Economic elites, in turn, have taken steps to benefit even more from an already-favorable setting. In recent years, scandals have revealed how business groups—usually with family linkages among themselves—have frequently engaged in foul practices to maximize their profits. They have repeatedly colluded in determining the costs of medicines, poultry, diapers, and (even) toilet paper. Furthermore, the same business conglomerates have been found guilty of asking for political favors in return for generous campaign donations.
The third factor contributing to the malaise is how the political system has failed to react to growing discontent. Trust in political institutions and partisanship in Chile is at an all-time low. Voter turnout has also decreased. In the general elections of 2013 and 2017, less than half of eligible voters cast their ballots.
Political elites live in a bubble of their own making. With an average monthly income that borders $8,800 (or close to eleven times the monthly mean net income of Chileans), legislators have naturally grown distant from voters.
Instead of addressing the gap of representation, elected officials have recurrently taken on attitudes that border mocking voters. In 2015, the influential Christian democrat senator, Jorge Pizarro, attended the Rugby World Cup in the United Kingdom two days after an 8.4 magnitude earthquake struck his constituents in the city of Coquimbo. When the press revealed that deputy Joaquín Lavín Jr. was late to 82 percent of congressional sessions, he shrugged off criticism by stating that it didn’t matter to him if he was viewed as lazy.
If being out of touch with voters is already a trait of Chile’s political elite, then the problem seems to be even worse among government officials. President Piñera, who allegedly made his fortune through questionable business dealings, continuously fails to lead by example. Although Piñera openly criticized those who eluded paying the hike in subway fees that triggered the protests, the president himself dodged paying taxes for thirty years on his vacation home located in the south of the country (he subsequently paid the tax). On Friday, while protests and riots spread across Santiago, Piñera was seen dining at a restaurant located in the affluent municipality of Vitacura—an ill-advised decision that increased frustration among protestors.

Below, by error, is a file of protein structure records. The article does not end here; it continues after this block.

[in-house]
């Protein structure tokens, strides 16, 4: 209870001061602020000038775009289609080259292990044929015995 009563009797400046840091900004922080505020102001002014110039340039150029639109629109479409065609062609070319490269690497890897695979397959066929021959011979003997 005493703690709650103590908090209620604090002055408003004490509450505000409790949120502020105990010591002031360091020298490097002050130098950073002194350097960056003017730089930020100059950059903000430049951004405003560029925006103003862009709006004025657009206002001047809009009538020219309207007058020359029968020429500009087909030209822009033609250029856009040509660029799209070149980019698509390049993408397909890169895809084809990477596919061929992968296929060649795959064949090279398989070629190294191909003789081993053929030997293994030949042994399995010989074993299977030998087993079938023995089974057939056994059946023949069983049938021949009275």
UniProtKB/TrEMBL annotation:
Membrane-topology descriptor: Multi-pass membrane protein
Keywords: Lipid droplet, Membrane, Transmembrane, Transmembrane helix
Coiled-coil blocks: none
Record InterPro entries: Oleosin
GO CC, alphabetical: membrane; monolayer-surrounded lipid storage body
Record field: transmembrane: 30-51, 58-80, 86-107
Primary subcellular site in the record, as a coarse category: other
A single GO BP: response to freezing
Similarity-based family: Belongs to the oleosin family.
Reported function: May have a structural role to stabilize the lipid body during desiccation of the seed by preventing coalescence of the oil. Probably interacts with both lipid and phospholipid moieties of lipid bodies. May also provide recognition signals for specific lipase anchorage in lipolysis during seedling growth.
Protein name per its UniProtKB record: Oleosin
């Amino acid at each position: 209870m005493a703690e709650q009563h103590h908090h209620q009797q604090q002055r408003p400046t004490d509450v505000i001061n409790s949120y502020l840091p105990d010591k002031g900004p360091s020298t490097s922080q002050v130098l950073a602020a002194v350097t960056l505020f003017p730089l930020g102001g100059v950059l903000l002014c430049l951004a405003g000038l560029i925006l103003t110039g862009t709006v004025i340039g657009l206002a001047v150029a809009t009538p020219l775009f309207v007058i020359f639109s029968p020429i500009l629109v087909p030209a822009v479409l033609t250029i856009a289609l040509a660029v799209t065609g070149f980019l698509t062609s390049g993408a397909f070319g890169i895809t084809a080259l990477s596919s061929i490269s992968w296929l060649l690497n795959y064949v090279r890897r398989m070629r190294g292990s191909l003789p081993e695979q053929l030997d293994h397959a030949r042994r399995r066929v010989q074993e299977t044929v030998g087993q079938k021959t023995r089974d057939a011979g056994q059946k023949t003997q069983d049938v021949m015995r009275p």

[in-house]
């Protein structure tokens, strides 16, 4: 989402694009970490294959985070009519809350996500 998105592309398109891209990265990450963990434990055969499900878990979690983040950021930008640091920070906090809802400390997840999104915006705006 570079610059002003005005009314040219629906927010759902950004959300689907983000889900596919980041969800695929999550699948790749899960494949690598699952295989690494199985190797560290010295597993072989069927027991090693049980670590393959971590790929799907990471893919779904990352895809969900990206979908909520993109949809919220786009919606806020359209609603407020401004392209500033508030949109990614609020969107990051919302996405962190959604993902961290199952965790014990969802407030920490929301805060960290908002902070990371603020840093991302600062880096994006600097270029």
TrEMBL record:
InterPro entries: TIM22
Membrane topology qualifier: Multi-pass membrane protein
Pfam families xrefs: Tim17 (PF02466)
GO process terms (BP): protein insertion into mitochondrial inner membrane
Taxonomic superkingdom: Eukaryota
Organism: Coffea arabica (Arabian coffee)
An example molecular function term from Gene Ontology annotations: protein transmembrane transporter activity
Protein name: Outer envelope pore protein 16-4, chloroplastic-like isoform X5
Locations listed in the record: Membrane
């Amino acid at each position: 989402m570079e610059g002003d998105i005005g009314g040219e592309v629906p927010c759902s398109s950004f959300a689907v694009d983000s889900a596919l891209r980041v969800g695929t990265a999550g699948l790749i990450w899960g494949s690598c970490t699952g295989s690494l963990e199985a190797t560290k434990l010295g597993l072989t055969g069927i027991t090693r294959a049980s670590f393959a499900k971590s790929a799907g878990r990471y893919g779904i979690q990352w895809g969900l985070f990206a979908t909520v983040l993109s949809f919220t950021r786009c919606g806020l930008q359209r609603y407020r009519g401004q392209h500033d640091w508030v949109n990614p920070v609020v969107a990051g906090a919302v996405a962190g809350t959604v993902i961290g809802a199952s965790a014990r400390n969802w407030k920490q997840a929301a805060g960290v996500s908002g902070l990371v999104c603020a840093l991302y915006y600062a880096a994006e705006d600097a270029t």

In all fairness to Piñera, cabinet ministers and the opposition have not performed any better. In 2018, former Minister of Education, Gerardo Varela, teased schools suffering from precarious infrastructure to organize bingos to collect funds instead of counting on the government’s assistance. In another case of poor judgment, Juan Andrés Fontaine, the Minister of Economy, advised people to wake up earlier to make use of lower subway fares, which apply before 7 am.
While the Chilean model resulted in growth and turned the country into a beacon of hope in Latin America, it did so by fostering high levels of inequality. This outcome added to the abusive nature of the country’s economic and political elites has left Chileans—particularly the middle class—feeling frustration and despair. The recent waves of protests are a response to decades of neglect on the side of political and economic elites.
The protests must be read as a severe warning sign. If a majority of Chileans continues to perceive that growth benefits elites instead of average citizens, and if the political establishment remains out of touch with voters, then the country is at risk of a populist takeover.
As worldwide trends have recently shown, no nation—notwithstanding how superficially prosperous—is immune to populist politicians who feed on the discontent caused by the mix of economic inequality and a delegitimized political establishment. Chile, in this regard, is by no means the exception.
Lucas Perelló is a Ph.D. candidate in Politics at The New School for Social Research. You can follow him on Twitter @lucasperello